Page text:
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Randomised study comparing extent of hypocarbia in preterm infants during conventional and patient triggered ventilation

Abstract

AIM To determine whether patient triggered ventilation (PTV) leads to greater exposure to significant hypocarbia than conventional ventilation (CMV) in premature infants during the first 72 hours of life.

METHODS Infants of 32 weeks gestation or less were included. Randomisation yielded 74 infants on PTV and 68 infants on CMV. Arterial Paco 2measurements were taken four hourly for the first 72 hours of life.

RESULTS The mean Paco 2 levels on days 1, 2, and 3 were not significantly different between the two groups. The proportion of infants with Paco 2 levels of 3.33 kPa or less did not differ between PTV and CMV infants. Mean percentages of infants with this level of hypocarbia at any time were 31.4%, 18.9%, 8.8% on days 1, 2, and 3 respectively. Cumulative hypocarbia, below a 3.33 kPa threshold, was 0.0084 kPa.h (PTV) versus 0.0263 kPa.h (CMV) per hour ventilated during the first 24 hours (p = 0.259). Risk factors associated with hypocarbia on day 1 were peak inspiratory pressure below 14 cm H2O (odds ratio 4.79) as well as Fio 2 below 0.30 (odds ratio 3.42).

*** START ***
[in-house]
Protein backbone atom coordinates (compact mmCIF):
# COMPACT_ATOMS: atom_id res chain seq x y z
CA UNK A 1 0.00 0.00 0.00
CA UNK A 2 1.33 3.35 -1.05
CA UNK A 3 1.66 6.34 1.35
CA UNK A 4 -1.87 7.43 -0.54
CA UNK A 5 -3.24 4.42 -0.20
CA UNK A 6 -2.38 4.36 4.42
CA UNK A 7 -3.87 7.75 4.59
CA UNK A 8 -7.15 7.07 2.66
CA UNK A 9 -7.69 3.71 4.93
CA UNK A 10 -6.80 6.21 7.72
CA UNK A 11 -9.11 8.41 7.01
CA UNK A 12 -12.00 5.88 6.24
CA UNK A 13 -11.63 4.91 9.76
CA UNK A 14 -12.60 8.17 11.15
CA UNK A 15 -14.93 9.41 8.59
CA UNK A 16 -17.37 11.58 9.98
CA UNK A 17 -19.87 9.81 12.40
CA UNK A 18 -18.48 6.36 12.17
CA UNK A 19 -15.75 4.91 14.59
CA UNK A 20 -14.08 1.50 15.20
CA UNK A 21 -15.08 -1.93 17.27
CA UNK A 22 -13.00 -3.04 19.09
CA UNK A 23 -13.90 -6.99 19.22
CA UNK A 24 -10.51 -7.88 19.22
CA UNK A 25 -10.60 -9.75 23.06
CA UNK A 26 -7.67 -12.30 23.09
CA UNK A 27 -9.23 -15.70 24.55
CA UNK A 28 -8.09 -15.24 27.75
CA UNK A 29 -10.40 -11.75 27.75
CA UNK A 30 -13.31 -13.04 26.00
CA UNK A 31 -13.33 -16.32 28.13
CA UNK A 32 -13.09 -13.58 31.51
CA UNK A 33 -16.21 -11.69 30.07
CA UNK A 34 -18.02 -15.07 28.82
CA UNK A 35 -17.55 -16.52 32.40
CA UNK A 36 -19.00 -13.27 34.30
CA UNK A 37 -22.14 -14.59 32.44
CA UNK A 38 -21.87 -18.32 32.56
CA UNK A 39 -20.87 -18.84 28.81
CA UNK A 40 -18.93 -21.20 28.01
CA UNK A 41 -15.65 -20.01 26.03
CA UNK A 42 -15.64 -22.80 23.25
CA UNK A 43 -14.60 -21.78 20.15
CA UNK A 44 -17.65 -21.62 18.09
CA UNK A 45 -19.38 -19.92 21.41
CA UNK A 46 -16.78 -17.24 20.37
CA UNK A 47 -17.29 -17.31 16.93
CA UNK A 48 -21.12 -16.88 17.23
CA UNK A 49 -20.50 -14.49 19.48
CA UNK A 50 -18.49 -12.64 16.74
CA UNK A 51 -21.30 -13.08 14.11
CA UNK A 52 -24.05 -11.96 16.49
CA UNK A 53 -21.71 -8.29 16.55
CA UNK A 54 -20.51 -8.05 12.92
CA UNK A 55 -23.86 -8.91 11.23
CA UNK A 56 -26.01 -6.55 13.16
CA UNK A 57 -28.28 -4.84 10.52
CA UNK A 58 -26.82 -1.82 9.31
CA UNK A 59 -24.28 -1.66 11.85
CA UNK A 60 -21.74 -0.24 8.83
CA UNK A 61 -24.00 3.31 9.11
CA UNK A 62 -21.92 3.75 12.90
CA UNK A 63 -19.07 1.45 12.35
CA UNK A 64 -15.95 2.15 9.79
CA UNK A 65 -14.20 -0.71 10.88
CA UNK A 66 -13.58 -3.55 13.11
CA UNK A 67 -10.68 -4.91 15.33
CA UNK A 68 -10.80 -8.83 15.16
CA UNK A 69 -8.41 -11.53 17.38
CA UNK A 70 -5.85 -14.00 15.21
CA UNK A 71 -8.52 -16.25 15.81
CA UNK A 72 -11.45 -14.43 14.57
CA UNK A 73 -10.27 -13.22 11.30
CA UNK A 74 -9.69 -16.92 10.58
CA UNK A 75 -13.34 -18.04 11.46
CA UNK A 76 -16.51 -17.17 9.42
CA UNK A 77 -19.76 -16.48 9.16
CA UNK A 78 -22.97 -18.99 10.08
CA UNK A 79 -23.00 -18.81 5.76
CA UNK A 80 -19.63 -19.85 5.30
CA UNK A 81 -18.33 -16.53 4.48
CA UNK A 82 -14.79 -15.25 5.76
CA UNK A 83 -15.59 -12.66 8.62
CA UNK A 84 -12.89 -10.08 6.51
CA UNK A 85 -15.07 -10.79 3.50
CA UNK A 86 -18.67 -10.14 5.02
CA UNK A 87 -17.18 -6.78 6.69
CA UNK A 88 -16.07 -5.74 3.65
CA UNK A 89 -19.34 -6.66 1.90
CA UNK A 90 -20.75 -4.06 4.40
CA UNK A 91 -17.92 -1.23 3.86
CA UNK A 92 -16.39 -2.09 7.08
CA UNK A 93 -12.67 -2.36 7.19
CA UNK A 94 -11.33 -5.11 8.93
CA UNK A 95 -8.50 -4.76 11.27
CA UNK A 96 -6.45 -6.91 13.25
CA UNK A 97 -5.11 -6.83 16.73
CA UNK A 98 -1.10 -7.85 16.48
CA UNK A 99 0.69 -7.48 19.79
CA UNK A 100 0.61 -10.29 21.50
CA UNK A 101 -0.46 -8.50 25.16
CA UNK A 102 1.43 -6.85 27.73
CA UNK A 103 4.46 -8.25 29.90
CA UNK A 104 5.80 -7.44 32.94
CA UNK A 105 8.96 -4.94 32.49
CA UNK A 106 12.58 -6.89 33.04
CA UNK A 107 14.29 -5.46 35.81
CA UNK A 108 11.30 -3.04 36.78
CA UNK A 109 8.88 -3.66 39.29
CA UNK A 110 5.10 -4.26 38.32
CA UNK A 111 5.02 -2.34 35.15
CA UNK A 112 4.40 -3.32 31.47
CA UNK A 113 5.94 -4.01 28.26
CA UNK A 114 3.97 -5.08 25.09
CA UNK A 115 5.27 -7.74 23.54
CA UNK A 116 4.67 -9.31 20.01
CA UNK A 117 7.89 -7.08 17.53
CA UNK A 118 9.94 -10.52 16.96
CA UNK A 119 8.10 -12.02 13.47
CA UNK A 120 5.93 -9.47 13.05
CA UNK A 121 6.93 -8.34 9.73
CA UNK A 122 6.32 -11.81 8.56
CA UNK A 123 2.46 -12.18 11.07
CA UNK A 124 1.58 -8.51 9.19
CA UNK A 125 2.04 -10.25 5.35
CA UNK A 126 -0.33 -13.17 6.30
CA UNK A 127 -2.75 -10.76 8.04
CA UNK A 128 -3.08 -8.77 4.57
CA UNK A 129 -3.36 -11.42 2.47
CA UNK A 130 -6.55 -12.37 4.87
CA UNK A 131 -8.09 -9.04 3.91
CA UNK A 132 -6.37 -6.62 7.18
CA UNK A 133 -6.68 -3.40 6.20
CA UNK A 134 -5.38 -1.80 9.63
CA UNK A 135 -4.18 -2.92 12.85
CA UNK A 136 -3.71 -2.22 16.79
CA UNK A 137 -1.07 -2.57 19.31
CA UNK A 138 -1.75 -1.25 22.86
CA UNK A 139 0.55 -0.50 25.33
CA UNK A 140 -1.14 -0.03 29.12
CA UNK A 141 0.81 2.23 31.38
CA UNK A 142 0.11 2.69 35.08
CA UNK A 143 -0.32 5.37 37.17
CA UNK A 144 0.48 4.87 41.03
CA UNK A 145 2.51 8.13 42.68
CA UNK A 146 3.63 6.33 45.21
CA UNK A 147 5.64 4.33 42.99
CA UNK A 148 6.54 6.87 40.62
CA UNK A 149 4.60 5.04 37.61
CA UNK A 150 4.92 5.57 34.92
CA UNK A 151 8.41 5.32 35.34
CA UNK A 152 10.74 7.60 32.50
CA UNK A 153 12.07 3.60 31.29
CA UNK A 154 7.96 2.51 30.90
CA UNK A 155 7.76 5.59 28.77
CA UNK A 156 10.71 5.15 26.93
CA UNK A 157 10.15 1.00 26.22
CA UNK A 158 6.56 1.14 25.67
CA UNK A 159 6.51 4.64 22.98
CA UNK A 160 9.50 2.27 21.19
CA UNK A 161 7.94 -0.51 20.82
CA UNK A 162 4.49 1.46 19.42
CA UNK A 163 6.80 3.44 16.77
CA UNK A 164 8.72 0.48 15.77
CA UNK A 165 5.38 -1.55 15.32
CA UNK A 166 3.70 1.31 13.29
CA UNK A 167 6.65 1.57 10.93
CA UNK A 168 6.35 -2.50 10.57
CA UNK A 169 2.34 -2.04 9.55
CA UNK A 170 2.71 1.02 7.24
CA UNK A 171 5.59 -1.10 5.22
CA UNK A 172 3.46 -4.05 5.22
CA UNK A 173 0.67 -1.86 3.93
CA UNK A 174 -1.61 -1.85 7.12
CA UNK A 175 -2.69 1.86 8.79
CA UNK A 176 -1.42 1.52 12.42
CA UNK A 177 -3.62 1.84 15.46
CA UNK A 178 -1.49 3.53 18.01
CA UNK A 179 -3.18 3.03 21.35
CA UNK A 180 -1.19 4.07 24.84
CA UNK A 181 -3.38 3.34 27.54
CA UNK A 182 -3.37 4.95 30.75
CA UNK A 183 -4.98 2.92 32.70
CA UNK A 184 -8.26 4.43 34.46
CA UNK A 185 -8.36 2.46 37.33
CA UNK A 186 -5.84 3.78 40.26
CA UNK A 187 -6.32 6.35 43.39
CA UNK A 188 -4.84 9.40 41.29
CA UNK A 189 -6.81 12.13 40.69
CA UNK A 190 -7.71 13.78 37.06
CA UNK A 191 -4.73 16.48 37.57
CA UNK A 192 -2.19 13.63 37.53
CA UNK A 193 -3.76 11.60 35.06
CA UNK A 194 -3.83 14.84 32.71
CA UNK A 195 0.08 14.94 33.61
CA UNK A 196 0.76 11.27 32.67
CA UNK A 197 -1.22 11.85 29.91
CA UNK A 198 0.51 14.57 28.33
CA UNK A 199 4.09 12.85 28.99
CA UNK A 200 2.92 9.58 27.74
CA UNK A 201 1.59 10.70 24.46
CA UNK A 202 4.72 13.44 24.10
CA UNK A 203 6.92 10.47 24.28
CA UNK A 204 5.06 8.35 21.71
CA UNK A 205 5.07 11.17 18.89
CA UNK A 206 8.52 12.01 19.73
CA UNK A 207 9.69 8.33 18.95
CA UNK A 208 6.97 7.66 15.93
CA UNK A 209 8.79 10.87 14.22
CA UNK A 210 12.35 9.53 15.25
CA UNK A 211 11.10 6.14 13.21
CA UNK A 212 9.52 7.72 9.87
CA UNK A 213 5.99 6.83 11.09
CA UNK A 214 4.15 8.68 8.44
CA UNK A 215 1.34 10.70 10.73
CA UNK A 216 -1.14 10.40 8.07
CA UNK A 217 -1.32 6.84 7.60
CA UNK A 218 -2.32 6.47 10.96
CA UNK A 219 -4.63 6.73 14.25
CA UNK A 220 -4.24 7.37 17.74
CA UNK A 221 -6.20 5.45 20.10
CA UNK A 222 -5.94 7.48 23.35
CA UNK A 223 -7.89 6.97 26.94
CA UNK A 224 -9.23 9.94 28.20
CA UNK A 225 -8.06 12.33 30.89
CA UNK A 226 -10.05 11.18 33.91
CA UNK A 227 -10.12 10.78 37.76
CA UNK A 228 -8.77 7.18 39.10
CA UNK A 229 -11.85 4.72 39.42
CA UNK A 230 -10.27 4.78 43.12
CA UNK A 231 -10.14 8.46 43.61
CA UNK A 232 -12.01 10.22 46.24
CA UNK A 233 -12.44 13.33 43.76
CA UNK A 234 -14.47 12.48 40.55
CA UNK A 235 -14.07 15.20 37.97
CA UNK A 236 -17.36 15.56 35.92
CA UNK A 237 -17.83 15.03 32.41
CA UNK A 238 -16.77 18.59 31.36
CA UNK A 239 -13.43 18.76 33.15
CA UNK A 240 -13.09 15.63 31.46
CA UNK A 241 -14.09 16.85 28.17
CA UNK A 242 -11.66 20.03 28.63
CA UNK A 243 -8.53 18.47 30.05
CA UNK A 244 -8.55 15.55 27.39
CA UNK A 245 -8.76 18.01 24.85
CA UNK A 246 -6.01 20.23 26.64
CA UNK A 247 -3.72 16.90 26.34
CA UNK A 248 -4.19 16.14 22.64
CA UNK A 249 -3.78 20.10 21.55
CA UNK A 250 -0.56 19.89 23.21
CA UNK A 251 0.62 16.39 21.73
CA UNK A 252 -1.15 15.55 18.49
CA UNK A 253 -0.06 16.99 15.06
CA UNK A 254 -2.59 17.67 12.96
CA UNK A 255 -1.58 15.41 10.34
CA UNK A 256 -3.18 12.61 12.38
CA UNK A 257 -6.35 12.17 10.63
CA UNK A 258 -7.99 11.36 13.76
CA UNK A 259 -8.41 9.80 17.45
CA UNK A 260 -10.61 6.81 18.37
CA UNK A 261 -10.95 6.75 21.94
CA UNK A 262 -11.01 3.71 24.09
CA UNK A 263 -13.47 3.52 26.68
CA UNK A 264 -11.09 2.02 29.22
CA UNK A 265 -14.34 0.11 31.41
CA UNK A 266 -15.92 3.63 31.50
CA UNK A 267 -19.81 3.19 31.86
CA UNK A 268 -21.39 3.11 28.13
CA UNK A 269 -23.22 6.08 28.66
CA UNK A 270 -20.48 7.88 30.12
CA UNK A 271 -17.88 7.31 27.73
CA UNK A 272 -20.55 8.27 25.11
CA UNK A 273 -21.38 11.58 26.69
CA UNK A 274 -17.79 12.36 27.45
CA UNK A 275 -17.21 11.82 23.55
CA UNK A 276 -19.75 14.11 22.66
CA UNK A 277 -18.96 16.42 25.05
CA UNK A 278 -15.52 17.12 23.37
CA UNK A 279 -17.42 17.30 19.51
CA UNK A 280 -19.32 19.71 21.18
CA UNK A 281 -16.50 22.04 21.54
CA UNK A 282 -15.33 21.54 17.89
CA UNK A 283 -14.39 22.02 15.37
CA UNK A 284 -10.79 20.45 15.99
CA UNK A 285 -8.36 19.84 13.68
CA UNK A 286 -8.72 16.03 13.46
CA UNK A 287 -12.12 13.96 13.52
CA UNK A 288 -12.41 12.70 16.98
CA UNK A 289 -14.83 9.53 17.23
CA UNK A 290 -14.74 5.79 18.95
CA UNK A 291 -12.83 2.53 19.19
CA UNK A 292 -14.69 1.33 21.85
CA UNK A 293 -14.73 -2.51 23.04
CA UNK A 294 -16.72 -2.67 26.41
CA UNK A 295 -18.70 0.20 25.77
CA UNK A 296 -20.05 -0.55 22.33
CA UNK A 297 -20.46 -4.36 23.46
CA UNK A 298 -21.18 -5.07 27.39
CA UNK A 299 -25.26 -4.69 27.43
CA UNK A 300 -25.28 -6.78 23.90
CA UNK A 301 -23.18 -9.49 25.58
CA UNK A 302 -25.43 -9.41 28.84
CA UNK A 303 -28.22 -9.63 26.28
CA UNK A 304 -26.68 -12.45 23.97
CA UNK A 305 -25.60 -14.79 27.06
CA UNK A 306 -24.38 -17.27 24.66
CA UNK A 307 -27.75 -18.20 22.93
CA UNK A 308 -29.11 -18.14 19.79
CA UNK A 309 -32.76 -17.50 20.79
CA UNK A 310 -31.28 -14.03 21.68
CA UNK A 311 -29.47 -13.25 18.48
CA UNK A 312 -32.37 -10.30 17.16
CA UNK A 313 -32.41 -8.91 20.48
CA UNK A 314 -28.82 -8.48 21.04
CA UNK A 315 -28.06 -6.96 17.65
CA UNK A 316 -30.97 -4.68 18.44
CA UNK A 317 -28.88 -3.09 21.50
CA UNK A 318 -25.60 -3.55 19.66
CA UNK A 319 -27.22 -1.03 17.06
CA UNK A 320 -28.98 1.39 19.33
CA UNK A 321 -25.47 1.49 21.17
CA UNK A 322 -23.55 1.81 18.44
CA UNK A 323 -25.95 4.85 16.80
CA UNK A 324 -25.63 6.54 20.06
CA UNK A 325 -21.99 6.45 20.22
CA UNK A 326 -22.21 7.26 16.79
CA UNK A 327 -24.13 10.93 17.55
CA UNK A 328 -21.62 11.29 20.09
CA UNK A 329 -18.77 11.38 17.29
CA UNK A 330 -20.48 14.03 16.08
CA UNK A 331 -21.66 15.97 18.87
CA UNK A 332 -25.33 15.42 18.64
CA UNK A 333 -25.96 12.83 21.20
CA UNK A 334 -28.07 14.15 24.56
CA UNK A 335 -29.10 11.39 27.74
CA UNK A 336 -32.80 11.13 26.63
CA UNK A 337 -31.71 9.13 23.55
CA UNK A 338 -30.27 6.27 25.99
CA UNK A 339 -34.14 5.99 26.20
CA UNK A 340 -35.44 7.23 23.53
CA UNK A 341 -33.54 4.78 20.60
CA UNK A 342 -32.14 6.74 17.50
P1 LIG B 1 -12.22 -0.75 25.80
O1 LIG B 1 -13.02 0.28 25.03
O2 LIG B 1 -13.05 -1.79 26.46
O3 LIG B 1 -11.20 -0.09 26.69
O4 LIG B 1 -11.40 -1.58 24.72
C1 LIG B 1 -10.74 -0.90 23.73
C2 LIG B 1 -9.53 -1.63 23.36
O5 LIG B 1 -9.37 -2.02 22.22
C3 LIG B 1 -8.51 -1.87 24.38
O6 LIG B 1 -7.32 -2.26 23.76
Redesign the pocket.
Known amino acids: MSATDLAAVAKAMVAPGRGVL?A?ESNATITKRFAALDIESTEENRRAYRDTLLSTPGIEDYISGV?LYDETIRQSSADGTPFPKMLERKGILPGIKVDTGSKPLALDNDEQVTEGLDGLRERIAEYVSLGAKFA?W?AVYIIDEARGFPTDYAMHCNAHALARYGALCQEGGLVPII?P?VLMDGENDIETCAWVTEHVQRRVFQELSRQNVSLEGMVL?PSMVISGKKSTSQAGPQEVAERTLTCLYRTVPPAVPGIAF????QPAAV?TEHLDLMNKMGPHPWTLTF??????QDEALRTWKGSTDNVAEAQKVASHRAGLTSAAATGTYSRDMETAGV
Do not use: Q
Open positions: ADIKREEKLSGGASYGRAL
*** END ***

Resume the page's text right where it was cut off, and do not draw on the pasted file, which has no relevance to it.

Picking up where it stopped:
CONCLUSION Exposure to hypocarbia (Paco 2 3.33 kPa or below) was not significantly different between PTV and CMV infants during the first 72 hours of life. Hypocarbia was common in both groups on day 1 and to a lesser extent on day 2. Infants with the least requirements for ventilatory support were at highest risk of hypocarbia on day 1 of life. Preterm infants with mild hyaline membrane disease require a more aggressive approach to weaning on both modes of ventilation, followed by extubation to limit the risk of hypocarbia.

  • patient triggered ventilation
  • intermittent positive pressure ventilation
  • hypocarbia
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